Loonie Language Lessons: Using Dollar Store Items to Target SLP Goals

Regular and consistent home-practice, as recommended by your child’s speech-language pathologist, is the key to their success. Educational resources can often be costly but speech and language practice doesn’t need to be expensive at all! I visited my local Dollarama to look for some examples of how far one dollar can take your language lessons and I have shared just a small sample of what I found!

Waterproof finger puppets: There are plenty of activities that can make bath time fun and educational!

  • Use them to teach animal vocabulary
  • Help the little ones with their sound repertoire by practicing animal noises (e.g. “ee ee ah ah” for a monkey and “neigh” for a horse)
  • Sing songs and encourage your child to sing along. Repetitive songs like Old MacDonald provide many opportunities for your child to fill in the blanks
  • Sit on the bathroom floor to be at eye level with one another


Playdoh: This is always a favourite amongst preschoolers and even school-age children. The possibilities are endless!

  • Talk about colours, shapes, numbers and any vocabulary that corresponds with whatever you are sculpting
  • Practice social language as you work together and share. E.g. “Can you pass the green Playdoh please?” or “Let’s work together and use your colours and my colours to make a rainbow!”
  • Model and practice new sounds. For example, roll the Playdoh into a snake and practice the “s” sound as you slither and say “sssss.” Make a train and practice “ch” in “choo choo”
  • Playing with Playdoh is also a good way to practice fine motor skills and promote creativity


Greenhouse seed starter-kit: How about teaching language through gardening? Dollarama sells kits that include soil, seeds and pots

  • Teach verbs pertaining to the action of growing and nurturing plants (to dig, to sow, to bury, to water, to feed)
  • Discuss vocabulary relating to plants (seed, root, stem, leaf, petal)
  • Practice prepositions by talking about putting the seed in the soil, putting the cup beside the window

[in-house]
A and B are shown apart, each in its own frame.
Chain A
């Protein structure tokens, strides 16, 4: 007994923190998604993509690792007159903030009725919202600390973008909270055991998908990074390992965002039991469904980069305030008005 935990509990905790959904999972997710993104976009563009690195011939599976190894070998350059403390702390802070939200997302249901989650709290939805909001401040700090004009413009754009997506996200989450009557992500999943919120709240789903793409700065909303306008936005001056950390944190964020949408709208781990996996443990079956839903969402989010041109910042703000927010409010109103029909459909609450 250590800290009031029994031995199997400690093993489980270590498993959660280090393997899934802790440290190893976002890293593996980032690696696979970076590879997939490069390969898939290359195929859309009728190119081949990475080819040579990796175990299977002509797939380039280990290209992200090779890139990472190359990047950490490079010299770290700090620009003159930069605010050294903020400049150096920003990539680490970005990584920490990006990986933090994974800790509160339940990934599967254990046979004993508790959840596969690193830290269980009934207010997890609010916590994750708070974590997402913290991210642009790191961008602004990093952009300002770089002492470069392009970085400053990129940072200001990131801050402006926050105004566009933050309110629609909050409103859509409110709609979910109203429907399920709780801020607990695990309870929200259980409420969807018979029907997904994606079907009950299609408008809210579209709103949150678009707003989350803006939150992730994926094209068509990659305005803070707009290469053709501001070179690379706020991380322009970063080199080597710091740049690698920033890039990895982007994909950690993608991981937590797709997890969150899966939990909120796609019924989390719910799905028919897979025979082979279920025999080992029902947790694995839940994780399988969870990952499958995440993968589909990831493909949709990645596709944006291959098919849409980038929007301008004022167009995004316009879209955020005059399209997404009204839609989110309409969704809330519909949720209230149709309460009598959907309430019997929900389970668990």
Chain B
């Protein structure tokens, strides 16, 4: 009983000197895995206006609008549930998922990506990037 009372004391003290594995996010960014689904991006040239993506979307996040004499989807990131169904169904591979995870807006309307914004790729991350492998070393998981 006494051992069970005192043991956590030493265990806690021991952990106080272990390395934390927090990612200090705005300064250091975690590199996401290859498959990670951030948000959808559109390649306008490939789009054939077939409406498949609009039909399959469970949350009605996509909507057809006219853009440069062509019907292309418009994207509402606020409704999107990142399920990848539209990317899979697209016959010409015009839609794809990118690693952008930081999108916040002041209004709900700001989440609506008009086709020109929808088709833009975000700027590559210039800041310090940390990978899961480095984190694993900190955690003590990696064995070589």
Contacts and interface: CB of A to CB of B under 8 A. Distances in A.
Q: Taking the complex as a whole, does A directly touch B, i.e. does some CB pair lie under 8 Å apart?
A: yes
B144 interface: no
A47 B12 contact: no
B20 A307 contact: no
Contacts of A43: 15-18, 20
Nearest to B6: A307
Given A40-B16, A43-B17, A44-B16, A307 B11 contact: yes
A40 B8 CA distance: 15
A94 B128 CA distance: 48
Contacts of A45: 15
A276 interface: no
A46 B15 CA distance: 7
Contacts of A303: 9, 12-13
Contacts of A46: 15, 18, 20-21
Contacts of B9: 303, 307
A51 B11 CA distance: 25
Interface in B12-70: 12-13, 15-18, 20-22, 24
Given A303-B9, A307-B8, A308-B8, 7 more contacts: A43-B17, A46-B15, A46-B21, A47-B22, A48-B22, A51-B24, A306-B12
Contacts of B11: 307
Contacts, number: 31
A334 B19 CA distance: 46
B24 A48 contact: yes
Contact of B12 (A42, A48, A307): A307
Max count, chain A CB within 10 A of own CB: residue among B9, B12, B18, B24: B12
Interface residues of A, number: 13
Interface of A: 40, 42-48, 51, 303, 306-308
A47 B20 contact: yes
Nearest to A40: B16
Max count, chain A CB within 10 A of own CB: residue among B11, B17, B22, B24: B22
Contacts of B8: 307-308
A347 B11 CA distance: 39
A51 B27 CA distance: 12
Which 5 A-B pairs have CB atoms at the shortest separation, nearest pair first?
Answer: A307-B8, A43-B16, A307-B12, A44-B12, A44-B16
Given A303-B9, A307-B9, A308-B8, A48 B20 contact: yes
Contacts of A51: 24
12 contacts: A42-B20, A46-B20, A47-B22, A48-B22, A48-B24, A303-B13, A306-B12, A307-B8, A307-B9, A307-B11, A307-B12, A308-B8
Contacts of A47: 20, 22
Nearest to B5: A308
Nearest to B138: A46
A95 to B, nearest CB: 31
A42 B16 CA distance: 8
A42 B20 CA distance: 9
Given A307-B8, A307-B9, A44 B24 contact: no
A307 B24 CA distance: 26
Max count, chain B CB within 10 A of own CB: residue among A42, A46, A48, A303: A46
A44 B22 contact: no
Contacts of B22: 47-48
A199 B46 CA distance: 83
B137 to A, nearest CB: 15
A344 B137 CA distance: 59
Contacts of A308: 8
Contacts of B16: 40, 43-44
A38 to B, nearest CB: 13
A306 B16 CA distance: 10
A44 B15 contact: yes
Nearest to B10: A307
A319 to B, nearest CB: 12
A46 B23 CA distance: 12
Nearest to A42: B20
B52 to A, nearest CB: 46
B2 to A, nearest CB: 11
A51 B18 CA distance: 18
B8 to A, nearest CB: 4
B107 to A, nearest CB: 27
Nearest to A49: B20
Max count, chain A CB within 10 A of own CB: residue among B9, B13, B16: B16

• Discuss the colours that you see, the number of leaves or petals on the plant, and the various shapes that you can spot
  • Practice sequencing by discussing the steps required to grow a plant (first you dig a hole, then you put the seed in the hole, then you pour water on top, last it turns into a flower)
  • Take photos of your plant at every stage of the process to use as visuals for future learning


Building blocks

  • Use blocks to practice many of the concepts discussed above (numbers, colours, shapes, prepositions)
  • Work on following directions by asking your child to follow a simple 1-step instruction (e.g. “put the blue block on the table”) or make it a bit more challenging by increasing it to two steps (e.g. “put the blue block on the table then put the orange block on the blue block”)
  • Practice requesting by holding a few different coloured blocks in your hands and encouraging them to use their words to tell you which one they want


Books: Last but definitely not least!

  • Much before your child learns to read, it is important that they develop early-literacy skills. These can include looking at the pictures and print in a storybook, turning the pages, and retelling the story through memorization
  • Try to have lots of books available, and ensure that reading is a positive experience for your child

If you have an activity in mind but your child is not into it, follow their lead instead. You’ll never get language from them without interest and motivation, so it’s important to always observe and notice what and how your child likes to play, and go with it! When children are engaged, they will be much more likely to participate in language learning. Perhaps take them to your nearest dollar store, ask them to pick something out, and challenge yourself to find a way to include it in their language learning. Do you have any Dollarama activity ideas? If so, we would love to hear from you!

Katelyn Sirrs, M.Sc, Speech-Language Pathologist, Reg. CASLPO